- File photo courtesy National Highway Traffic Safety Administration

File photo courtesy National Highway Traffic Safety Administration

The leader of a security consulting and risk management firm has released an advisory that includes warning signs of a school shooter, noting that in the wake of more school reopenings, school shootings will inevitably resurface.

A tragic reminder of this is the incident on Monday at Austin-East Magnet High School in Knoxville, Tennessee, in which police responded to a report of a person with a gun at the school. According to a news release from the Tennessee Bureau of Investigation, officers located the student who was suspected of being armed in a restroom and ordered him to come out. He reportedly refused to comply, police entered the restroom, the student fired at police and struck an officer, the officer returned fire, and the student was pronounced dead at the scene.

The incident has been described by a Tennessee Bureau of Investigation officer as an “officer-involved shooting at a school” rather than a “school shooting.” Still, with many school campuses once again open for in-person instruction, this can serve as an example of the heightened need to be alert to warning signs of a potential school shooter.

According to Johnathan Tal, CEO of TAL Global, an international corporate security and risk management firm, the U.S. Secret Service is developing a profile of a school shooter.

"What they are finding is that school shooters invariably display warning signs," Tal says in the advisory.  "It's noticing these warning signs ahead of time that can prevent a disaster."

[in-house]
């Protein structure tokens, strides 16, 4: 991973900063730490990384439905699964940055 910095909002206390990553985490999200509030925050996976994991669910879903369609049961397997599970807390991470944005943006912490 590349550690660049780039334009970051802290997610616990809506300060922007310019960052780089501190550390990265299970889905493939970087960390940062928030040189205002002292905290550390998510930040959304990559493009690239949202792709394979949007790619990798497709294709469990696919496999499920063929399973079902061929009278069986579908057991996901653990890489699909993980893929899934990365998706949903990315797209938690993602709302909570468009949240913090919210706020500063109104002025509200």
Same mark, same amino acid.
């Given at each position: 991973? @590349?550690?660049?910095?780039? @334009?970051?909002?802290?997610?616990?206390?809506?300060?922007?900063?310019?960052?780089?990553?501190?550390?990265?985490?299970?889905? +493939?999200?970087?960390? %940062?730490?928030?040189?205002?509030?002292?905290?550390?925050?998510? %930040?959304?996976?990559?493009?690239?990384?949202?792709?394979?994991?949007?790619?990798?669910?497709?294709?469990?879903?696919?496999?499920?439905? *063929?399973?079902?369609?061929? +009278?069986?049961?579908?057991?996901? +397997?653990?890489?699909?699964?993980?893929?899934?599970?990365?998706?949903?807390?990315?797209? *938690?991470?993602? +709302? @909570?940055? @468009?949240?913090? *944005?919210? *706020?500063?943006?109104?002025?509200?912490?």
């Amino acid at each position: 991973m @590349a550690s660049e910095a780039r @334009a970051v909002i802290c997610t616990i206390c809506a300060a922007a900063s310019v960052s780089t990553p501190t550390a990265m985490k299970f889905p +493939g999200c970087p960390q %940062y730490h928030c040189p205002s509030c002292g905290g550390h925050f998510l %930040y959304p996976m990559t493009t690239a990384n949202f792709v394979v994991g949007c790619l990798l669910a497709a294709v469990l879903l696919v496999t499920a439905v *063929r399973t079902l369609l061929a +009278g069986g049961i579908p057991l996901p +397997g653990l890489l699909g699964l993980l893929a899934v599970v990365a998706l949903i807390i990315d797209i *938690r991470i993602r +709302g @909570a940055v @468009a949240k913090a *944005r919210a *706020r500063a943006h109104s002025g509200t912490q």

According to Tal, indicators the Secret Service has uncovered include these warning signs:

  1. Someone who discusses their intentions with others.

    "Some school shooters have shared their plans with school mates, even telling them what day and time they are planning their rampage," Tal says.
     
  2. Students who share their fascination with school shootings or shootings in general, in person or online.
     
  3. Someone seeking fame or revenge after being mocked by other students or teachers.
     
  4. People who are depressed, display harassing behavior, or have suicidal thoughts that they share with others.
     
  5. A suspected student who is absent from school.

    "Many students report they will be absent from school on the day they plan their shooting rampage," Tal says.

“What we must remember is that while these shootings invariably seem impulsive, often the shooter has researched their targets and even documented their plans in writing,” he adds. “The signs are typically there; we just have to pay attention."

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